COVID-19: Social media negatively affects psychological well-being of users

By Aznan Mat Piah

KUALA LUMPUR, 11 June 2020: How do the pandemic and the movement control order affect you in terms of your daily life and well-being? Obviously, the Covid-19 pandemic has disrupted lives everywhere in most parts of the world. Depressions and heightened anxieties have been widely reported as many people are confined to their home.

This was especially so during the early lockdown situation as many have turned to social media to keep their time occupied and to maintain contact with their friends and colleagues. It suggests that social media might be a way to reduce the likelihood of depression and anxiety.

However, according to Prof. Drew McDaniel of Ohio University, there was a significant negative association between psychological well-being and the amount of time users spent on Facebook each day, which gave the meaning that the more you watch Facebook, the lower the feeling of well-being.

In addition, overall there was a significant negative association between well-being and the number of friends one claimed on Facebook. Which means that the more friends you have on Facebook, the less positive you will feel about your well-being.

The findings followed a study conducted by the professor and his team recently on relationship between using Facebook and psychological well-being of users. Respondents were Thai and American students aged 18 to 24 years Facebook users in a major metropolitan university in Bangkok, Thailand and a residential university in the United States.

The final sample came to 410 participants consisting of 202 Thai (49.3%) and 208 US (50.7%) respondents. Well-being was measured by a tool developed by Ryff (1988) and Ryff & Keyes (1995).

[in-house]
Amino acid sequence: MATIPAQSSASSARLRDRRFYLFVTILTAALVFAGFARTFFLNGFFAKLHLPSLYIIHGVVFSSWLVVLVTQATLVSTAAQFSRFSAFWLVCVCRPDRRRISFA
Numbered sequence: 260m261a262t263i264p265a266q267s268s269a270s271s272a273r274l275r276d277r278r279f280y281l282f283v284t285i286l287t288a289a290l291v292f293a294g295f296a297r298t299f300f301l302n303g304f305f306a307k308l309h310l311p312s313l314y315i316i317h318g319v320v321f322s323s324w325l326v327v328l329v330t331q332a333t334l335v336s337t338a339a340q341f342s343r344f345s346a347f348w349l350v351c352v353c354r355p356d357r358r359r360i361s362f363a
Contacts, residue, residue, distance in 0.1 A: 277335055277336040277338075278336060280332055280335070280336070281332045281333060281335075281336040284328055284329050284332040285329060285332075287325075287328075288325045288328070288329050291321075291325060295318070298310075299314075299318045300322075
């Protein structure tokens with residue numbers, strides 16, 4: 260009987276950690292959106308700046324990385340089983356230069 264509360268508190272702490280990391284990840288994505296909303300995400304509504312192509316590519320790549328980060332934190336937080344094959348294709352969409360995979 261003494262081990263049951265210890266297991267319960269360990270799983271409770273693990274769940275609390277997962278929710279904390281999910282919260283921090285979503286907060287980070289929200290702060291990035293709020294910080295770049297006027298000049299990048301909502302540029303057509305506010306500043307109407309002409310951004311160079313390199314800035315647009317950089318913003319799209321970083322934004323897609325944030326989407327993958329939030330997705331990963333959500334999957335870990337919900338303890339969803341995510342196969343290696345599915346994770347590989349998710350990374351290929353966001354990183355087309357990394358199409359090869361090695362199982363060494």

Psychological well-being is defined as the feeling of purpose and meaning in life and personal growth and development. Or how contented you are with your life and how confident you are of yourself, according to the professor.

In his conclusion, the professor highlighted two possibilities. Firstly, people who have low well-being are more likely to use Facebook. Secondly, using Facebook lowers one’s sense of well-being.  

He summed up by saying that probably it’s not a good idea for users to make heavier use of the social media like Facebook during Covid-19. He elaborated that “if you do, it will probably increase your anxieties and make you feel less happy”.

The webinar session, held this morning, was organised by Taylors’ University and was attended by some 60 participants, among them were lecturers from public and private universities, including students from Taylor’s. ***

Leave a Reply

Your email address will not be published. Required fields are marked *